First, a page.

However, for most of its history under British rule, executive power in Hong Kong was concentrated in the hands of the colony governor, a position appointed by the British crown without any democratic input from Hong Kong citizens. The introduction of elected representatives determined by local elections was limited to the role of advisory councils, and that didn’t start until after the 1984 agreement by the British to hand Hong Kong over to China.

Today, since Hong Kong has never been a democracy, who fears being extradited to mainland China?

You might want to see the list of crimes in the new extradition law that so many Hong Kong citizens are mad about … or fear.

Number One: Murder or manslaughter, including criminal negligence causing death; culpable homicide; assault with intent to commit murder.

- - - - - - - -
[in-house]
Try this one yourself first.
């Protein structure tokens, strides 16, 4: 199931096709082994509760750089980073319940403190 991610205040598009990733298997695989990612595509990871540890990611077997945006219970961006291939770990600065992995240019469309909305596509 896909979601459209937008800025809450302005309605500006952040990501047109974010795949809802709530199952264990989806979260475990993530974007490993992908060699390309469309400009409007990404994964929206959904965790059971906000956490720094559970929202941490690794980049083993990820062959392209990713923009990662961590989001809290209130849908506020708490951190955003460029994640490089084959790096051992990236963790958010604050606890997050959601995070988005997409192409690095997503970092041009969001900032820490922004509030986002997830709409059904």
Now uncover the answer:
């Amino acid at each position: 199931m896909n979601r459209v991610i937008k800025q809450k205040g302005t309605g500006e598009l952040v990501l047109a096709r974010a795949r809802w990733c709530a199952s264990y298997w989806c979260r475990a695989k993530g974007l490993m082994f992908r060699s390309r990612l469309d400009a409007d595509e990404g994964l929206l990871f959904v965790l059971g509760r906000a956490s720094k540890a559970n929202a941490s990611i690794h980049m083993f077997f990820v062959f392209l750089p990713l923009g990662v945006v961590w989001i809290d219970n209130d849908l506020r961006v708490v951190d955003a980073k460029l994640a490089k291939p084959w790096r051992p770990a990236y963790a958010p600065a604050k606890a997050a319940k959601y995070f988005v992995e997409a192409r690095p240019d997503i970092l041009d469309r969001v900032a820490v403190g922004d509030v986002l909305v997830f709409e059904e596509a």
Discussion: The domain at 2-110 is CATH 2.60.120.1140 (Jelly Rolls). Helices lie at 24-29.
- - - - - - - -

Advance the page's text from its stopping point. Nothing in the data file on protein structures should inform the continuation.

Click the previous link and discover the other thirty-six crimes. You might want to also read the nine that were removed like “offenses involving the unlawful use of computers” or “offenses against the law relating to environmental pollution or protection of public health”.

For hundreds of thousands of Hong Kong citizens to be out in the streets protesting and holding thousands of printed signs that all look the same (really), there must be a lot of frauds and crooks in that city fearing they are going to lose their freedom to commit crimes.

Who paid for all those signs to be printed by the same company – the CIA?

Lloyd Lofthouse is the award-winning author of My Splendid Concubine, Crazy is Normal, Running with the Enemy, and The Redemption of Don Juan Casanova.